There is a barely-visible Dakshinamurti beneath a banyan tree on which monkeys are playing, while rishis and animals live together in the forest. There is a stillness of body and reverence on the face of the sages worshipping Dakshinamurti, in contrast to the vivacious animals. Flying apsaras and gandharvas complete the scene of palatial proportions.
The Sundaramurty Nayanar story depicts a magnificent Cheraman Perumal on a bejewelled white horse, while an angry Sundaramurti Nayanar wears a white coat! Shiva, in this scene, is an old man. A beautiful tableau is that of Rajaraja listening to his preceptor Karur Devar, the two faces a study of intense concentration.
In another panel, dancing apsaras their faces a study of abhinaya and Rajaraja and his wives watch in awe the magnificent ananda tandava, the dance of Nataraja performed in the golden mandapam of Chidambaram. Exquisite jewellery, jasmine-bedecked hairstyles, and beautifully featured people with eyebrows like a bow and compassionate eyes bring alive the massive compositions in bright colours.
The best painting is that of Tripurantaka, Shiva as the destroyer of the demon Tripura. With wide-open eyes and raised arms, Shiva prepares to slay the demon. An animated Durga seated on her roaring lion prepares to attack the demon's hordes with her raised sword. Brahma is a charioteer, while Shukracharya leads the asuras (demons).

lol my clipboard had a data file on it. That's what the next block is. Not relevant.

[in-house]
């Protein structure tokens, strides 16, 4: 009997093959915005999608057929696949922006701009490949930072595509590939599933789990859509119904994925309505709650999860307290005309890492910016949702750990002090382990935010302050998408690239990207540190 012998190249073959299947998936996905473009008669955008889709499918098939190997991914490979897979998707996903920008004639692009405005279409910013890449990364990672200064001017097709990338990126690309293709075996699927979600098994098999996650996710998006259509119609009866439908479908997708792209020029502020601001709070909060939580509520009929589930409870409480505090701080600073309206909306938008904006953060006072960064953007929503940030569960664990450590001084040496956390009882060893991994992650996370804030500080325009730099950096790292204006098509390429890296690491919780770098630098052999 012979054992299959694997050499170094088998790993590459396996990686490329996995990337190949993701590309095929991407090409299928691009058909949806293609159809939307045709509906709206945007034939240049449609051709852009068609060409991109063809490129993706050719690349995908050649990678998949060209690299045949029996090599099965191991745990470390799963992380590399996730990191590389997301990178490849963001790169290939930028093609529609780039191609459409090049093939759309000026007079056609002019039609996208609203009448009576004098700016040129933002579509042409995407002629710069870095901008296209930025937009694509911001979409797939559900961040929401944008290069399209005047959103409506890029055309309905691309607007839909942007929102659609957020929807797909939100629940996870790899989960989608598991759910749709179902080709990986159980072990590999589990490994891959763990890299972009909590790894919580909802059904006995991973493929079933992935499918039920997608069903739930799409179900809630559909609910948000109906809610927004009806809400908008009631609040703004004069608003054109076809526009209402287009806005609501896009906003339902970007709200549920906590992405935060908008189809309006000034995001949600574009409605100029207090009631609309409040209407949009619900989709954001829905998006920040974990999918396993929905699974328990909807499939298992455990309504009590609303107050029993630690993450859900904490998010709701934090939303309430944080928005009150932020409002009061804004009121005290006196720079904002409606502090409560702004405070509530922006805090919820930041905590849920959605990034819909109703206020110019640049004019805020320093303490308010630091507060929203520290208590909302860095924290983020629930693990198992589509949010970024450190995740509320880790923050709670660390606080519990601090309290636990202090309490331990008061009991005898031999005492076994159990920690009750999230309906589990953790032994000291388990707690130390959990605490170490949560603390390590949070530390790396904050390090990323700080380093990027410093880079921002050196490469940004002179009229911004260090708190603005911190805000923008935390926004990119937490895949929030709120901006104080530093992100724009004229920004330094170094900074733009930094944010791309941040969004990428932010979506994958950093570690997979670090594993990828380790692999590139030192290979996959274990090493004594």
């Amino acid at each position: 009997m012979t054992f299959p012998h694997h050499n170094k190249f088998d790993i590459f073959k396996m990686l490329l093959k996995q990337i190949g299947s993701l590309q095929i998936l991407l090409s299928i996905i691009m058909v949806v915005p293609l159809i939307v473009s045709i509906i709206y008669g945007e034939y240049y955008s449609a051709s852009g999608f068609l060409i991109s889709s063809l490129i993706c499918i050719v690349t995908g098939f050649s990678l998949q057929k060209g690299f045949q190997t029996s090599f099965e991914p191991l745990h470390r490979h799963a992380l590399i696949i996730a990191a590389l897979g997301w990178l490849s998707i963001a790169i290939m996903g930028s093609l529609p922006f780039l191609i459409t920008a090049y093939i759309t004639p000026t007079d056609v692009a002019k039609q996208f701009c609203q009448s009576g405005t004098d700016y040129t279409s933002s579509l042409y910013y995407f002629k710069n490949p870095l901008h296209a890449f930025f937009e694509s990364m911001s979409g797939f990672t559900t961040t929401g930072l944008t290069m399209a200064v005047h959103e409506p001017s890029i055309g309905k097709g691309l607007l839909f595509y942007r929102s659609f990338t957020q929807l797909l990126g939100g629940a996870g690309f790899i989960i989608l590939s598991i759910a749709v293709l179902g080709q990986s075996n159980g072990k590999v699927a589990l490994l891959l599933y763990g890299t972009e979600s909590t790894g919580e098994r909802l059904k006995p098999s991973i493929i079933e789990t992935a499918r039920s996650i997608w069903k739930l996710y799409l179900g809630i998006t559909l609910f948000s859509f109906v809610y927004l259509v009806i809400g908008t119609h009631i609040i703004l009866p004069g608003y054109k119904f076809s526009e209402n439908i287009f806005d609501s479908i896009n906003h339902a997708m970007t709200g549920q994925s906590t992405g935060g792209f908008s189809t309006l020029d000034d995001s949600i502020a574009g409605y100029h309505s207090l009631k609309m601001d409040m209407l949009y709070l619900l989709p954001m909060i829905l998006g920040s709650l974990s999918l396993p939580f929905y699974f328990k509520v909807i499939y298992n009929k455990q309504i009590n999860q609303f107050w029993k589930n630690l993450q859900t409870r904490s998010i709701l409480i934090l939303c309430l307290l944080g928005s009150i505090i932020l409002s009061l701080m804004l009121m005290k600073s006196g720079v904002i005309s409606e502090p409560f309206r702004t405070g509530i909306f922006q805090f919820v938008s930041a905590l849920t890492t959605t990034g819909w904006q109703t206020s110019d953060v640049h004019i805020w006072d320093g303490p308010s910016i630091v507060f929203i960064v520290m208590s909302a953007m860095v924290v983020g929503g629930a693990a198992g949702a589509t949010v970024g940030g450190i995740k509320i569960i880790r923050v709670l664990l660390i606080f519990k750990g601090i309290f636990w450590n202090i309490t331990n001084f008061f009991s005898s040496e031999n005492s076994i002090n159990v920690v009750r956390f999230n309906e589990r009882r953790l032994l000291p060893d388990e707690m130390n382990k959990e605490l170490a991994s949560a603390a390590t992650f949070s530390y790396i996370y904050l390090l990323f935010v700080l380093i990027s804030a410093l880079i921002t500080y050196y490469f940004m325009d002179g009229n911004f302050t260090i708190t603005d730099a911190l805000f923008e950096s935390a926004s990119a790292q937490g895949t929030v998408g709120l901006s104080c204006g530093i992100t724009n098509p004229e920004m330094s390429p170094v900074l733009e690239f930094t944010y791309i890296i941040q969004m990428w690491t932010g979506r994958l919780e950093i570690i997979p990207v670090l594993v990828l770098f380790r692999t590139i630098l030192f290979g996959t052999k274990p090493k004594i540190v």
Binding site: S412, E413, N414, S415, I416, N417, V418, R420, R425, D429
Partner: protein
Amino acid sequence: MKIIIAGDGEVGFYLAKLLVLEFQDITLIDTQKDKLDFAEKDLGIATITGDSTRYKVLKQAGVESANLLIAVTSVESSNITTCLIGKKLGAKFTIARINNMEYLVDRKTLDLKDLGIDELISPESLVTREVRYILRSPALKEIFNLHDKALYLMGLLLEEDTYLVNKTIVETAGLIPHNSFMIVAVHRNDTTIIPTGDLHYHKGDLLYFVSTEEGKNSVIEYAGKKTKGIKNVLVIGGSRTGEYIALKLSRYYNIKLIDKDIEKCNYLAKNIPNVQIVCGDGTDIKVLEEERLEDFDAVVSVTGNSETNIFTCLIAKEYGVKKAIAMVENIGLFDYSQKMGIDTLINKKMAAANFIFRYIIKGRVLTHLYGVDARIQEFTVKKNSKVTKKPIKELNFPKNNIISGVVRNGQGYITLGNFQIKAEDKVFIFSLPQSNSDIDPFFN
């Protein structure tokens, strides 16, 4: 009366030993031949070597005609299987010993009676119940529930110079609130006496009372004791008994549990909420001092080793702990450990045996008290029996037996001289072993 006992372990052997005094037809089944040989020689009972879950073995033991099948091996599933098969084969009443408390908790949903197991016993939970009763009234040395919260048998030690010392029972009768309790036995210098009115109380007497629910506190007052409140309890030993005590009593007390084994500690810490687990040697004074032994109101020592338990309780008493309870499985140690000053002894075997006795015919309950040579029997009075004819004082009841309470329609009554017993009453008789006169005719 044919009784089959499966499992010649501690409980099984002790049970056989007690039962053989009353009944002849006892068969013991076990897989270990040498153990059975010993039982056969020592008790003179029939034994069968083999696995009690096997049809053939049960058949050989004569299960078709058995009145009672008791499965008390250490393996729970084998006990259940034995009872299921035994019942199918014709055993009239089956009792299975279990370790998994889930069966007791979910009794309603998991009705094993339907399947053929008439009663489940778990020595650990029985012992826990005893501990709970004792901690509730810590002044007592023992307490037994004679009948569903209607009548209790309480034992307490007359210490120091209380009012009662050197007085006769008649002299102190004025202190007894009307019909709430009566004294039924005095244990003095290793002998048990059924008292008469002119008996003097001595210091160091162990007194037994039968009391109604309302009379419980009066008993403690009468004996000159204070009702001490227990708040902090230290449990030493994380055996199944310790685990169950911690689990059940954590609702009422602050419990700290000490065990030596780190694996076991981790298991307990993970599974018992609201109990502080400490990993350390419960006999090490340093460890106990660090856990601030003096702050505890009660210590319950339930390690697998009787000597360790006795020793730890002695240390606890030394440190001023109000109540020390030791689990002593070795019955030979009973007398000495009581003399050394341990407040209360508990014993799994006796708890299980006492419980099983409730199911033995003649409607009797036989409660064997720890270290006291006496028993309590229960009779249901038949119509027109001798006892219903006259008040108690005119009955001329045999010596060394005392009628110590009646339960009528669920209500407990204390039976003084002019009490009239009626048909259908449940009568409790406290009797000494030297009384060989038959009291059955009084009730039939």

What is significant about the Chola paintings of Thanjavur is that there is great emotion in all the faces, whether it is the compassion of the guru counselling Rajaraja, or a contemplative rishi, a devout queen, an animated dancer or an angry Shiva. The photos bring out the varied emotions on the many faces, a feature rarely seen in Indian art.
During the reign of king Vijayaraghava Nayak, the Chola paintings were covered with plaster and painted over, a happy circumstance that probably preserved the earlier Chola murals.
Apart from the paintings, 80 karanas of Bharatanatyam sculpted in granite are printed in black-and-white. Each karana is accompanied by the relevant verse from the Natya Shastra written in the Roman script, with a translation, description and remarks about the figure and the karana. This documentation is an important contribution to both art and dance.
The book includes photographs of the caves and the temples where the paintings are situated, along with some bronzes and sculptures found therein. The stone objects have been printed in black-and-white, thereby emphasising the granular content of the stone and providing a stark contrast to the colourful paintings.